About Autohomophobia, Exile, and other insecurities.
"Without Interpretation: About Autohomophobia, Exile, and other insecurities" is an interactive audiovisual installation that takes on multiple formats, featuring 1, 2, and 4 video projections/screens, as well as a sound recording station. The installation delves into the complexities of identity and insecurity faced by the artist.
Through the lens of autohomophobia, the artist's struggle with his own homosexual desires and the homophobic attitudes ingrained in his society is examined.
The installation creates a space for the audience to record their own thoughts and judgments on a special microphone. These recordings are edited and looped directly in the exhibition space, becoming a part of the artwork.
Exile is a prominent theme in the artist's work. As a queer person who has been exiled from his home country, he has experienced ostracism and isolation in multiple contexts, both in his home country because of his sexuality and in his exile because of his origins.
The installation captures the sense of displacement and longing for acceptance and belonging that accompanies the artist's experience of exile, featuring images of deserted landscapes and isolated figures.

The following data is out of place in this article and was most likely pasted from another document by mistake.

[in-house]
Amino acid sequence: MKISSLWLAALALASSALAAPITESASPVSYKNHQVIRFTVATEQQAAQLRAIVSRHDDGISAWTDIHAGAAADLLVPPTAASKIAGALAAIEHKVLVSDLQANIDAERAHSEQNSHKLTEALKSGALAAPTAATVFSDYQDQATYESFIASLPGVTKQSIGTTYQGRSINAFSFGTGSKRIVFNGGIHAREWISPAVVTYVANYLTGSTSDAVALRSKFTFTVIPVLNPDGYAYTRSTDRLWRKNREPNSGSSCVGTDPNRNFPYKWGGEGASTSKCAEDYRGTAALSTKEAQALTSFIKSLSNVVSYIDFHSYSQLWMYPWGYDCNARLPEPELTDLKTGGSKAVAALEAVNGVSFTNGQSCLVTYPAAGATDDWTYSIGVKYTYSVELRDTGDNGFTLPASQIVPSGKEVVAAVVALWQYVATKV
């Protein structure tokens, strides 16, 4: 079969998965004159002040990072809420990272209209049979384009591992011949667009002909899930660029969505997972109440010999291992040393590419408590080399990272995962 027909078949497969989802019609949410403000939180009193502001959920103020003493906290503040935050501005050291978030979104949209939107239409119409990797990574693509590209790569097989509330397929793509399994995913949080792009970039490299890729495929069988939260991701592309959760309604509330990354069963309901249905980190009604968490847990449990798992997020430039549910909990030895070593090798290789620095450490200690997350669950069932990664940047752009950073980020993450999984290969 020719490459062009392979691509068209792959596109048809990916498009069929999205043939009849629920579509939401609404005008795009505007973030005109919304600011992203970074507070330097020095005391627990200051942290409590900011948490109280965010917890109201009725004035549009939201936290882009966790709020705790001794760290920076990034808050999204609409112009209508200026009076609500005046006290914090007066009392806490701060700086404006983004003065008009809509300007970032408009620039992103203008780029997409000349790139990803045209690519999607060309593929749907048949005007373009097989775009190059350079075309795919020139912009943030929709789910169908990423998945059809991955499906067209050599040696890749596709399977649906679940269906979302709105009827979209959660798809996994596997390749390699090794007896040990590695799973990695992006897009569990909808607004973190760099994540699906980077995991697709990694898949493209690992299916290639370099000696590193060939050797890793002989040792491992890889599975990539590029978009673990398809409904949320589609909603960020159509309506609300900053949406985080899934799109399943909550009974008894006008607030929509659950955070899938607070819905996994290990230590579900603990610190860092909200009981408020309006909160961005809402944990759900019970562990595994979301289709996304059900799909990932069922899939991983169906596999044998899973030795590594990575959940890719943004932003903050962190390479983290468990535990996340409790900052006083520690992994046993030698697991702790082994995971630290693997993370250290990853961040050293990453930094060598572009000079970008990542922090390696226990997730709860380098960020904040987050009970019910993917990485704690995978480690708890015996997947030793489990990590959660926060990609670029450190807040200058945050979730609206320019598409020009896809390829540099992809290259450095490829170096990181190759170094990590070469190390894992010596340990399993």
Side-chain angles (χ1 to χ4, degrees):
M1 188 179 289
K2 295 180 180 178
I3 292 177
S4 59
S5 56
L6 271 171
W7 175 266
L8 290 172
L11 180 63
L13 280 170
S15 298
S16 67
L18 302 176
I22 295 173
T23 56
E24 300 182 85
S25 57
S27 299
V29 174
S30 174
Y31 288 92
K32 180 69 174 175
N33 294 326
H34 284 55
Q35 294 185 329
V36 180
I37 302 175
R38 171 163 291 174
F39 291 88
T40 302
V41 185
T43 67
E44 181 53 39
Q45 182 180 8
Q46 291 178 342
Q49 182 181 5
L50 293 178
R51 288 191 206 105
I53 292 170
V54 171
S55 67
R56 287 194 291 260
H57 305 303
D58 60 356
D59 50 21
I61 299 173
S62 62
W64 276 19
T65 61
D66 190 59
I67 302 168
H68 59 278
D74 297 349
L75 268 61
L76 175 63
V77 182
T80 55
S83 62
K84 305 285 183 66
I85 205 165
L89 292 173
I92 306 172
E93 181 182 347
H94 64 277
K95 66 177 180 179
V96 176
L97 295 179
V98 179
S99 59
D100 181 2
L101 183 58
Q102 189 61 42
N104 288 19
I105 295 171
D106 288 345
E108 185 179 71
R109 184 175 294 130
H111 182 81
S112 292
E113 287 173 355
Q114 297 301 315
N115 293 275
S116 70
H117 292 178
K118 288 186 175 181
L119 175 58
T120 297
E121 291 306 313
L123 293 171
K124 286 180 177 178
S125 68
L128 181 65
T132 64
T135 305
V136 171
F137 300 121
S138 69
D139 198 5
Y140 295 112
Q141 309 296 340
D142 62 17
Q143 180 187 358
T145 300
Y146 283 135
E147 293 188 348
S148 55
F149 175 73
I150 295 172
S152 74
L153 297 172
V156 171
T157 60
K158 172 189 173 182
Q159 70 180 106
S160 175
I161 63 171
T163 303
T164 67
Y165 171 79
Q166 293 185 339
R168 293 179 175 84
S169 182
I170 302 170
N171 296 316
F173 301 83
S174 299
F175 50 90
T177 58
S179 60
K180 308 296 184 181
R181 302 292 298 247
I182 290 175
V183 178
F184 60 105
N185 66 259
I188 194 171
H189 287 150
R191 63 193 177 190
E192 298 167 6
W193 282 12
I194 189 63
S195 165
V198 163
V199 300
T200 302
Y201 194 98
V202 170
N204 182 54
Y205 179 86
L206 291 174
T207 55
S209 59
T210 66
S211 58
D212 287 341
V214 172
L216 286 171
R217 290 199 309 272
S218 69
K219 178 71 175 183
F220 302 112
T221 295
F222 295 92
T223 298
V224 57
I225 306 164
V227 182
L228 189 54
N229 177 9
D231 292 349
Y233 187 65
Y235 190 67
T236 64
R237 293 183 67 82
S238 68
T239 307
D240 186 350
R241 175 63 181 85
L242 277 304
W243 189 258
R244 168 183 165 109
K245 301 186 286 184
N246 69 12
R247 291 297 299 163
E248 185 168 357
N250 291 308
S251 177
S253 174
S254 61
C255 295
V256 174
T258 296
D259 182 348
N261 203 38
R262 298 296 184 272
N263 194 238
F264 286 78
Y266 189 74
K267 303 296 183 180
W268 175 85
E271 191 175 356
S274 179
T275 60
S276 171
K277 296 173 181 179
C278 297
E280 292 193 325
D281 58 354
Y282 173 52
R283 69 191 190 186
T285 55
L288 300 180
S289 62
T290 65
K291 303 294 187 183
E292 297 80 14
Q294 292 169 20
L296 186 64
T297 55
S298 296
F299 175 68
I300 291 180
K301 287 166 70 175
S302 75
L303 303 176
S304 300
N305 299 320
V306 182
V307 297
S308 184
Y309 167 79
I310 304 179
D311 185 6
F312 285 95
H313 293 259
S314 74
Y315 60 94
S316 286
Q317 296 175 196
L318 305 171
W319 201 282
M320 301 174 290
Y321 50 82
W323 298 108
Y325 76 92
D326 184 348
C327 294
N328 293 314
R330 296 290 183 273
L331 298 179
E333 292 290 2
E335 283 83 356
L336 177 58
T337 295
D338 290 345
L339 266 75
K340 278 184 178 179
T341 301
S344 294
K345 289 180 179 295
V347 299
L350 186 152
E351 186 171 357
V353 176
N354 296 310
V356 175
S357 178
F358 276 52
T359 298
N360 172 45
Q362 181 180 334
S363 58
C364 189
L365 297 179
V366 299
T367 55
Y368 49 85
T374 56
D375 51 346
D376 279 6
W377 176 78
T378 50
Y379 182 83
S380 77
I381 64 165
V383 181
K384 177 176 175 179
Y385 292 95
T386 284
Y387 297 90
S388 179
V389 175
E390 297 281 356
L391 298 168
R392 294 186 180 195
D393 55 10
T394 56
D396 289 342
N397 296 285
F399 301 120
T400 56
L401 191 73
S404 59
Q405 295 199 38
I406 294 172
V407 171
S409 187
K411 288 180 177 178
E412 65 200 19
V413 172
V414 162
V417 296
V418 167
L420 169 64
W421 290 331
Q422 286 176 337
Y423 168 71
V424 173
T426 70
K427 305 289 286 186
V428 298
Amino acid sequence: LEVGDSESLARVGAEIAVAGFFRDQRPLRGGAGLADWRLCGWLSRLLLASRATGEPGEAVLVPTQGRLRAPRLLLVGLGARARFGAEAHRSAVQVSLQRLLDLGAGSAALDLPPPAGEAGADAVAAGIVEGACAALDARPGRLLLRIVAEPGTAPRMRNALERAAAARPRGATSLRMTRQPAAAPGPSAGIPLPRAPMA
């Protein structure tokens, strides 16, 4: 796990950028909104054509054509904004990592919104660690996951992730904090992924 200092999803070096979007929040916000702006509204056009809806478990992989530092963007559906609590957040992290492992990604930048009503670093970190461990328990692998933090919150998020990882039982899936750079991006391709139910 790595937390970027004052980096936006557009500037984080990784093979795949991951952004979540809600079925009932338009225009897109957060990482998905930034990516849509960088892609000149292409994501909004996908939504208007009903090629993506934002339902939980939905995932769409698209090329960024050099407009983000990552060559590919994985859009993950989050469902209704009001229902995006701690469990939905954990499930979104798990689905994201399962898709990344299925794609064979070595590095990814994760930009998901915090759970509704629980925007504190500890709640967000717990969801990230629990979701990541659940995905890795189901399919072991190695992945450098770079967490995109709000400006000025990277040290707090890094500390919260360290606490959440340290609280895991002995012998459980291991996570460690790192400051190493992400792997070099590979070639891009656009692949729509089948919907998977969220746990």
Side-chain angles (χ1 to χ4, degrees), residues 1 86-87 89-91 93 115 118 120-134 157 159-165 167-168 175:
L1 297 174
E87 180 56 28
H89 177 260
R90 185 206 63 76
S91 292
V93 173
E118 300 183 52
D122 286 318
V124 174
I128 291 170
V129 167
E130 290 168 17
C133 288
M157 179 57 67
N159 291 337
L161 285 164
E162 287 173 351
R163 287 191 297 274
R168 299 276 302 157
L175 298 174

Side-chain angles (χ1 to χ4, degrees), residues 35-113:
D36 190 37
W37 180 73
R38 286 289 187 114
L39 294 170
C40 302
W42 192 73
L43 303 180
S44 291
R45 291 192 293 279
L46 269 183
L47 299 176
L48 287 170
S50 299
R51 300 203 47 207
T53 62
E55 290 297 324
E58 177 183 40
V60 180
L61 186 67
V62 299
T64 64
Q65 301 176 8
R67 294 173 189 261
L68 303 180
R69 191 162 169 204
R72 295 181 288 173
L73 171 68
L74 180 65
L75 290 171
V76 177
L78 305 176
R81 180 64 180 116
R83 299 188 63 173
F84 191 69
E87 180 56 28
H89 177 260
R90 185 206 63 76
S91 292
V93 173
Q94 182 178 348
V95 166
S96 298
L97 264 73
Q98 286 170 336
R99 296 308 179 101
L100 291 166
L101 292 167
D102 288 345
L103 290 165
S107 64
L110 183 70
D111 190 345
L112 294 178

Through "Without Interpretation," the artist challenges normalized homophobia within Syrian society and encourages conversation about the challenges faced by queer people in Syria and in exile. The project invites the audience to reflect on their own biases and perceptions while navigating the artist's emotional journey.
The artist's experience of insecurity is not limited to his own struggles with autohomophobia and the challenges of exile. He has also faced ostracism and discrimination within the broader culture of Syria and in his new environment as a refugee. By incorporating the audience's voices into the installation, "Without Interpretation" highlights the ways in which harmful attitudes toward queer individuals are perpetuated and normalized within society. The interactive experience encourages conversations about the challenges faced by queer people in Syria and in exile, while shedding light on the perpetuation of harmful attitudes.
Using Max and Arduino a piece of hardware and software were programmed to allow the audience to participate autonomously. Staking and looping up to 15 voices at the same time.
The project was possible with the support of L'atelier des artistes en exil and With the support of the endowment fund for contemporary art Marie-Thérèse Allier.
Exhibited in Cité internationale des arts Site de Montmartre - Paris, France as part of Festival Vision d'exil.